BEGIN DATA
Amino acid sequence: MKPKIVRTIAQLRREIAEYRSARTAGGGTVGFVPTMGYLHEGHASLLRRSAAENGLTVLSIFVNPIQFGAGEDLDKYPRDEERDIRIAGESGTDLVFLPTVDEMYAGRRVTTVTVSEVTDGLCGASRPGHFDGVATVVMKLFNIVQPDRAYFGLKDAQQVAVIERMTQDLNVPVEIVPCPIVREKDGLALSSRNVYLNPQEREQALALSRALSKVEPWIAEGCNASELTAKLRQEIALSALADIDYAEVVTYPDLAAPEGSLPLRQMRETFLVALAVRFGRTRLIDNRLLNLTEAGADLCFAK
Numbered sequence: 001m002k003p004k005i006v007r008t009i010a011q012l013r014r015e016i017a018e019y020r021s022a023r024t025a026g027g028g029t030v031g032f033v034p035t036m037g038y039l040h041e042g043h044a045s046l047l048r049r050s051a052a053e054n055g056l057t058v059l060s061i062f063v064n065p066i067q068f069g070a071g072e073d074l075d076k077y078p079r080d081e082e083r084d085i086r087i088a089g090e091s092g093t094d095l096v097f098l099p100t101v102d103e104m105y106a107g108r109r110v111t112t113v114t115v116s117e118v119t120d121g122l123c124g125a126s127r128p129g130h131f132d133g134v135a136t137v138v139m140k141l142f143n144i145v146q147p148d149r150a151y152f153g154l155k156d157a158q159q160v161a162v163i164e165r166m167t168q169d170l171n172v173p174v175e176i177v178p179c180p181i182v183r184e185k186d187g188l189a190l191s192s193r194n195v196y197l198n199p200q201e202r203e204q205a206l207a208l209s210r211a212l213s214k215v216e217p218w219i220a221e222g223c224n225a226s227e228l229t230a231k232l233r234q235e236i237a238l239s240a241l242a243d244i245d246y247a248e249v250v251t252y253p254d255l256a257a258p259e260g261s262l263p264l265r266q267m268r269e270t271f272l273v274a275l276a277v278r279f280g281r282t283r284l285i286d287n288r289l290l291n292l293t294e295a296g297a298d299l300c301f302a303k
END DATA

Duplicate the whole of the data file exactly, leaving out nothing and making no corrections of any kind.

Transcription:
Amino acid sequence: MKPKIVRTIAQLRREIAEYRSARTAGGGTVGFVPTMGYLHEGHASLLRRSAAENGLTVLSIFVNPIQFGAGEDLDKYPRDEERDIRIAGESGTDLVFLPTVDEMYAGRRVTTVTVSEVTDGLCGASRPGHFDGVATVVMKLFNIVQPDRAYFGLKDAQQVAVIERMTQDLNVPVEIVPCPIVREKDGLALSSRNVYLNPQEREQALALSRALSKVEPWIAEGCNASELTAKLRQEIALSALADIDYAEVVTYPDLAAPEGSLPLRQMRETFLVALAVRFGRTRLIDNRLLNLTEAGADLCFAK
Numbered sequence: 001m002k003p004k005i006v007r008t009i010a011q012l013r014r015e016i017a018e019y020r021s022a023r024t025a026g027g028g029t030v031g032f033v034p035t036m037g038y039l040h041e042g043h044a045s046l047l048r049r050s051a052a053e054n055g056l057t058v059l060s061i062f063v064n065p066i067q068f069g070a071g072e073d074l075d076k077y078p079r080d081e082e083r084d085i086r087i088a089g090e091s092g093t094d095l096v097f098l099p100t101v102d103e104m105y106a107g108r109r110v111t112t113v114t115v116s117e118v119t120d121g122l123c124g125a126s127r128p129g130h131f132d133g134v135a136t137v138v139m140k141l142f143n144i145v146q147p148d149r150a151y152f153g154l155k156d157a158q159q160v161a162v163i164e165r166m167t168q169d170l171n172v173p174v175e176i177v178p179c180p181i182v183r184e185k186d187g188l189a190l191s192s193r194n195v196y197l198n199p200q201e202r203e204q205a206l207a208l209s210r211a212l213s214k215v216e217p218w219i220a221e222g223c224n225a226s227e228l229t230a231k232l233r234q235e236i237a238l239s240a241l242a243d244i245d246y247a248e249v250v251t252y253p254d255l256a257a258p259e260g261s262l263p264l265r266q267m268r269e270t271f272l273v274a275l276a277v278r279f280g281r282t283r284l285i286d287n288r289l290l291n292l293t294e295a296g297a298d299l300c301f302a303k